Personal finance: Strong sterling and online bank risks
LONDON -- Sterling hit a 13-month peak against world currencies at the start of April after surprisingly upbeat manufacturing data suggested the UK could avoid slipping into recession. The pound's trade-weighted index, measured against a basket of world currencies, rose to 82.0 according to Bank of England data, its highest level since February 2011. Sterling also hit a four-and-a-half month high against the US dollar at $1.606.
Analysts said stronger data for the services sector, which makes up roughly 70 per cent of the UK economy, could trigger further short-term gains in sterling. Some analysts said they saw the pound breaking above its recent range of 1.18-1.22 as concerns about the health of the euro zone economy prompt investors to switch their money out of mainland Europe towards the UK. Euro zone manufacturing activity contracted at an increased rate in March and joblessness rose again in February. As the month progresses though we may start to see the impact that the tanker drivers proposed strike has to the short term UK economy. Already we have seen pump prices rising to an all time high disruption caused by panic buying at petrol forecourts.
Celebrity planning dispute
Dame Helen Mirren faces a planning row with neighbours. The British actor bought the abandoned farmhouse with her husband five years ago and has become embroiled in a dispute with her next door neighbour, who is demanding to see plans for the house. Anna De Giovanni has complained to the council in Tiggiano, near Lecce in southern Italy, in a bid to force officials to disclose papers relating to the Oscar winning actress’ holiday home. The dispute centres on a 500-year-old building, once the home of a prince, which is surrounded by a fairytale stone wall and turrets. Nestled in Puglia, Italy, less than a mile away from the Mediterranean, it is said to have native olive trees and quaint rose bushes in the sun kissed garden and a mature vineyard in the grounds.
The property came to the public’s attention three years ago, when photographs of Dame Helen in a striking red bikini on the nearby beach emerged. Originally described as “tumbledown” and “uninhabitable,” the home has undergone a transformation in the hands of the couple, who invested more than a quarter of a million pounds restoring it to its former glory. A spokesman for the prosecutor’s office in Lecce confirmed that an investigation into the complaint had been opened and added: “At the moment though there is nothing else to say.”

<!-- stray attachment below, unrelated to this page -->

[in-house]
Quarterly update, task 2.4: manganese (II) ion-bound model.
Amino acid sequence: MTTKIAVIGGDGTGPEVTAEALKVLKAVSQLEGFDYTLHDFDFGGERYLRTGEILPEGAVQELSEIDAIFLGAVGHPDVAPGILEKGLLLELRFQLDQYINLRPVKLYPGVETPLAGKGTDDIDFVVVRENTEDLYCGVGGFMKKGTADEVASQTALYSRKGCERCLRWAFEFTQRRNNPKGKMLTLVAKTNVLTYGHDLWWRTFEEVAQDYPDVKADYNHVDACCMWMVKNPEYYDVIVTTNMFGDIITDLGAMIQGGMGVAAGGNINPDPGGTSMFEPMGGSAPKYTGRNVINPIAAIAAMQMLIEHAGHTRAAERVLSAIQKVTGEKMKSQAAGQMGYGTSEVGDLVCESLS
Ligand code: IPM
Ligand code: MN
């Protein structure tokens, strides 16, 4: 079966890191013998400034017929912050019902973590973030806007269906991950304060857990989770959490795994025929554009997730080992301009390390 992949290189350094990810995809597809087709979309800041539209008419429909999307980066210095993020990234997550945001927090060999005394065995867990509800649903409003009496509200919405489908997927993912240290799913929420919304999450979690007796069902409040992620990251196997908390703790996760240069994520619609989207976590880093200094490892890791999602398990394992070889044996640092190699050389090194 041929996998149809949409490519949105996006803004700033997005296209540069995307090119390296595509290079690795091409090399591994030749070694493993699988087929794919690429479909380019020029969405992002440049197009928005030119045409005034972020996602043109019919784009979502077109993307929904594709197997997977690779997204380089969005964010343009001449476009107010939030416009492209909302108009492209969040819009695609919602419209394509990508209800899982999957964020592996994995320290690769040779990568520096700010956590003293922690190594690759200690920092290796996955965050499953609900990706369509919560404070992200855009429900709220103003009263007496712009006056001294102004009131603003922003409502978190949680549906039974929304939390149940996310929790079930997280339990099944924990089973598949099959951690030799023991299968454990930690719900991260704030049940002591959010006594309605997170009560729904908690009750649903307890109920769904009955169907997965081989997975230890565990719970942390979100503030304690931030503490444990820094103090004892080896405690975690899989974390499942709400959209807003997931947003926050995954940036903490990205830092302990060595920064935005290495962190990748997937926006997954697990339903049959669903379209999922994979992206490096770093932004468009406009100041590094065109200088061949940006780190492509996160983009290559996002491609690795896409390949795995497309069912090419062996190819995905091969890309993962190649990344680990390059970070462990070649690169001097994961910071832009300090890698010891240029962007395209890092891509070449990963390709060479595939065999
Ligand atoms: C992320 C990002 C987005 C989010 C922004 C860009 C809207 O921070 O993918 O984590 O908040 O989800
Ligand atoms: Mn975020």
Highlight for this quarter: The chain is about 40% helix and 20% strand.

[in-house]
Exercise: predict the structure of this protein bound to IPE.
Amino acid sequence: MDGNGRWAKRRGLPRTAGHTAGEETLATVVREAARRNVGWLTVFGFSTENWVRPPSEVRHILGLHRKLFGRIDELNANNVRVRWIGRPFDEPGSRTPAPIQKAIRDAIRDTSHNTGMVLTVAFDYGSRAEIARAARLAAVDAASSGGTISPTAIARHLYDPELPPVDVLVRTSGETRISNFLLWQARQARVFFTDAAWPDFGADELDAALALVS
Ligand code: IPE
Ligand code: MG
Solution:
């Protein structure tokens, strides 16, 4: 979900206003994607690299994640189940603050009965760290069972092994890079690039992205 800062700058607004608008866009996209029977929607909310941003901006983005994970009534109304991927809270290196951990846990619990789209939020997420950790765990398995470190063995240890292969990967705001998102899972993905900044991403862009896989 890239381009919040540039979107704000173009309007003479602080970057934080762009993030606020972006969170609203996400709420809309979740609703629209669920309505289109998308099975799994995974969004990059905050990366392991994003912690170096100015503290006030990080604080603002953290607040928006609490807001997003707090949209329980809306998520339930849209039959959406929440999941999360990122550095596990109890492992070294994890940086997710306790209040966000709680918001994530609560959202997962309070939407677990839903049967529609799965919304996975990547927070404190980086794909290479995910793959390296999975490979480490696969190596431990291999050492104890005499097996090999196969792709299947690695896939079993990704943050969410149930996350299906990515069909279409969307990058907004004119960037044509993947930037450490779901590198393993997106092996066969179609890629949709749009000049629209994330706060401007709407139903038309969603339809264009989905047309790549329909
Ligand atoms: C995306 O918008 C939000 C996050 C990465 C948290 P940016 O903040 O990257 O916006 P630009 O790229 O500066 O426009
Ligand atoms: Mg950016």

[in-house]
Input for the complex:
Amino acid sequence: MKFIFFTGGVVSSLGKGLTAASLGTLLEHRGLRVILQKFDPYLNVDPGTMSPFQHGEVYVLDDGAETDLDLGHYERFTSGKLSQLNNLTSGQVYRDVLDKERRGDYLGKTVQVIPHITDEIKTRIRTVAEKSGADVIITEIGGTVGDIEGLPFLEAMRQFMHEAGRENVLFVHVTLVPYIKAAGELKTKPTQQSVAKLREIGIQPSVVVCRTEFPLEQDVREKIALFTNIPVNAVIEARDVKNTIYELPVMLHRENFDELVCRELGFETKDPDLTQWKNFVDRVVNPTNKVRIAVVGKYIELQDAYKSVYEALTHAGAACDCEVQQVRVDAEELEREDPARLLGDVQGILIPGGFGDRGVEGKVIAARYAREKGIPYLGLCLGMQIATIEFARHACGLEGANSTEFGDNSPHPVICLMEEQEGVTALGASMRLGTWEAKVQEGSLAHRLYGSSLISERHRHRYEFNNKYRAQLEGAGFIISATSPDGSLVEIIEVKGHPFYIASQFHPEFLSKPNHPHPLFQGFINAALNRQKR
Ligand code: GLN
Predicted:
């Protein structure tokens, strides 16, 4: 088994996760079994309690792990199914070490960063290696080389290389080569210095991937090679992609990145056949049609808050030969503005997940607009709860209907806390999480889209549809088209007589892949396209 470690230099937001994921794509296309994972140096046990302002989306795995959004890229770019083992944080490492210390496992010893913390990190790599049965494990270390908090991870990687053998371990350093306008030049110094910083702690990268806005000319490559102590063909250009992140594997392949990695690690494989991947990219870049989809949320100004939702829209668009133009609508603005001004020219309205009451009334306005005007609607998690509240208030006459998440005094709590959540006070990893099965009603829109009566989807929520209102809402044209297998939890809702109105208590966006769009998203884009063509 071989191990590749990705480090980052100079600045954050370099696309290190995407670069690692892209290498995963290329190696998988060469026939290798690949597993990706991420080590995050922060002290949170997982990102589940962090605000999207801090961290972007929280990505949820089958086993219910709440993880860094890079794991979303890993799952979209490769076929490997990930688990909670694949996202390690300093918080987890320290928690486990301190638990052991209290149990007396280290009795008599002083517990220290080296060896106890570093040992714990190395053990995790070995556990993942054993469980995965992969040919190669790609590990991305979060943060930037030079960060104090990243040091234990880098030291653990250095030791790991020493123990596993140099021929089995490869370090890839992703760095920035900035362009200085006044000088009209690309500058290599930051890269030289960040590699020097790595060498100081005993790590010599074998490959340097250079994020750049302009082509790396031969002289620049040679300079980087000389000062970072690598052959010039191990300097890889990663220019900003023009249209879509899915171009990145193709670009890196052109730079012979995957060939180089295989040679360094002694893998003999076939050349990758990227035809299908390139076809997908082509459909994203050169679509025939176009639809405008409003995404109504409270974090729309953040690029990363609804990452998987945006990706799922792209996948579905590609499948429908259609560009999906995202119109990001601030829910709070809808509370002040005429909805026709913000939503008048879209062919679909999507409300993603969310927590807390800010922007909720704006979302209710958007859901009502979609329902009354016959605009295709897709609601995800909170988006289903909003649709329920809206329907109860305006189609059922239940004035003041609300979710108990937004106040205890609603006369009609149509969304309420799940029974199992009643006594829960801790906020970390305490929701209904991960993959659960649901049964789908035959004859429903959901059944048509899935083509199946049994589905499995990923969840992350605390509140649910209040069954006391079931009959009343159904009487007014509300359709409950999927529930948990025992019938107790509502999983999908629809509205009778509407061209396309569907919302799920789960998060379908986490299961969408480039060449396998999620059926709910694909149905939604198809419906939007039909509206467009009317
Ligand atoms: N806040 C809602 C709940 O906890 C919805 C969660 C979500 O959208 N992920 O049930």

The dangers of online banking
Hackers are again gunning for Britain's 25 million internet banking users after cracking the latest generation of security devices. Criminals have burst through banks' new calculator-style keypads to raid customers' accounts
The likes of HSBC's new Secure Key and Barclays' PINSentry were supposed to quash crime to near zero. But dangerous new viruses could add to the millions stolen online last year, experts say. Gary Clark, of data protection company Safenet, said the findings 'raise serious questions' over ordinary anti-virus protection The danger is that even the most sophisticated anti-malware programs failed to notice the bug in lab tests witnessed by the BBC. This renders the extra layer of security provided by card readers and PIN devices inconsequential. Daniel Brett, of testing lab S21sec, told the BBC the attack is a 'very specific, advanced threat, specifically focused against banking.'
The warning comes just as internet users are threatened by new class email viruses that infect PCs even without an attachment being opened. The user is not warned and the only message that appears is 'loading'. Mark Bowerman, of Financial Fraud Action UK, admitted that banks are 'never going to have a system that is 100 per cent secure'. But he says the good news is all banks refund fraud losses as a matter of course. A refund is only refused if a bank can prove negligence on the part of the customer.
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Steve Jacobs is Northern Europe and Italy Director at Imperius Asset Management